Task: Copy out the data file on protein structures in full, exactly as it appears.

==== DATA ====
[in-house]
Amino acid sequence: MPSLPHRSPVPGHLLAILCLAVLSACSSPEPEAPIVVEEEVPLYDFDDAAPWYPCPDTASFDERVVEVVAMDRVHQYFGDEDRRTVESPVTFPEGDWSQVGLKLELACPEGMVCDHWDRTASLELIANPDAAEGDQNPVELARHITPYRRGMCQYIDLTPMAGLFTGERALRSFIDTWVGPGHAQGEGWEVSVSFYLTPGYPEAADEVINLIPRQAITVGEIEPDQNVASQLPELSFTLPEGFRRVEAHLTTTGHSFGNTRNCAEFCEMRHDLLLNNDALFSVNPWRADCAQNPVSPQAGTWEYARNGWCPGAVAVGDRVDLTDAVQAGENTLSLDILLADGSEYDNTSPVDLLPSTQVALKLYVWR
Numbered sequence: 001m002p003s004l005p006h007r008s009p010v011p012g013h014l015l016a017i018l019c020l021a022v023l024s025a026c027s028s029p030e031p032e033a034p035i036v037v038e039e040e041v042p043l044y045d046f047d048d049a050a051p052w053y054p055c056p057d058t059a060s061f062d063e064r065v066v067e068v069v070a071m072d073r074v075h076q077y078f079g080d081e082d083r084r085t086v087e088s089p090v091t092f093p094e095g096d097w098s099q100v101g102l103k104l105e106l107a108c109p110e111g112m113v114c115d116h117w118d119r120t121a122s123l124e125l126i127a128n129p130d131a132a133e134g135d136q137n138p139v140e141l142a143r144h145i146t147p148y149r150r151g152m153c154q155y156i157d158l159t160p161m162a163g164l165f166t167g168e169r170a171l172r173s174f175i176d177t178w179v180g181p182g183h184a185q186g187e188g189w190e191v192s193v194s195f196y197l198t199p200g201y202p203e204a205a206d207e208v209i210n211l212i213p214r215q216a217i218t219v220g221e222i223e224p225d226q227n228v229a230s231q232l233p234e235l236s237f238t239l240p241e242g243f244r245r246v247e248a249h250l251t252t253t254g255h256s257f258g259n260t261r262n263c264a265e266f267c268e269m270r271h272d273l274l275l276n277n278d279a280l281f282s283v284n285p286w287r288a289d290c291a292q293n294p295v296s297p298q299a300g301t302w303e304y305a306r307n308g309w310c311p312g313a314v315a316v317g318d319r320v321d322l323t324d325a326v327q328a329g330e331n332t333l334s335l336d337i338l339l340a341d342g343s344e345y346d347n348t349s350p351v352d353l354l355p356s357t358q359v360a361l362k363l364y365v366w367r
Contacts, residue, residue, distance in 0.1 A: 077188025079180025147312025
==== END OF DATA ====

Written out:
[in-house]
Amino acid sequence: MPSLPHRSPVPGHLLAILCLAVLSACSSPEPEAPIVVEEEVPLYDFDDAAPWYPCPDTASFDERVVEVVAMDRVHQYFGDEDRRTVESPVTFPEGDWSQVGLKLELACPEGMVCDHWDRTASLELIANPDAAEGDQNPVELARHITPYRRGMCQYIDLTPMAGLFTGERALRSFIDTWVGPGHAQGEGWEVSVSFYLTPGYPEAADEVINLIPRQAITVGEIEPDQNVASQLPELSFTLPEGFRRVEAHLTTTGHSFGNTRNCAEFCEMRHDLLLNNDALFSVNPWRADCAQNPVSPQAGTWEYARNGWCPGAVAVGDRVDLTDAVQAGENTLSLDILLADGSEYDNTSPVDLLPSTQVALKLYVWR
Numbered sequence: 001m002p003s004l005p006h007r008s009p010v011p012g013h014l015l016a017i018l019c020l021a022v023l024s025a026c027s028s029p030e031p032e033a034p035i036v037v038e039e040e041v042p043l044y045d046f047d048d049a050a051p052w053y054p055c056p057d058t059a060s061f062d063e064r065v066v067e068v069v070a071m072d073r074v075h076q077y078f079g080d081e082d083r084r085t086v087e088s089p090v091t092f093p094e095g096d097w098s099q100v101g102l103k104l105e106l107a108c109p110e111g112m113v114c115d116h117w118d119r120t121a122s123l124e125l126i127a128n129p130d131a132a133e134g135d136q137n138p139v140e141l142a143r144h145i146t147p148y149r150r151g152m153c154q155y156i157d158l159t160p161m162a163g164l165f166t167g168e169r170a171l172r173s174f175i176d177t178w179v180g181p182g183h184a185q186g187e188g189w190e191v192s193v194s195f196y197l198t199p200g201y202p203e204a205a206d207e208v209i210n211l212i213p214r215q216a217i218t219v220g221e222i223e224p225d226q227n228v229a230s231q232l233p234e235l236s237f238t239l240p241e242g243f244r245r246v247e248a249h250l251t252t253t254g255h256s257f258g259n260t261r262n263c264a265e266f267c268e269m270r271h272d273l274l275l276n277n278d279a280l281f282s283v284n285p286w287r288a289d290c291a292q293n294p295v296s297p298q299a300g301t302w303e304y305a306r307n308g309w310c311p312g313a314v315a316v317g318d319r320v321d322l323t324d325a326v327q328a329g330e331n332t333l334s335l336d337i338l339l340a341d342g343s344e345y346d347n348t349s350p351v352d353l354l355p356s357t358q359v360a361l362k363l364y365v366w367r
Contacts, residue, residue, distance in 0.1 A: 077188025079180025147312025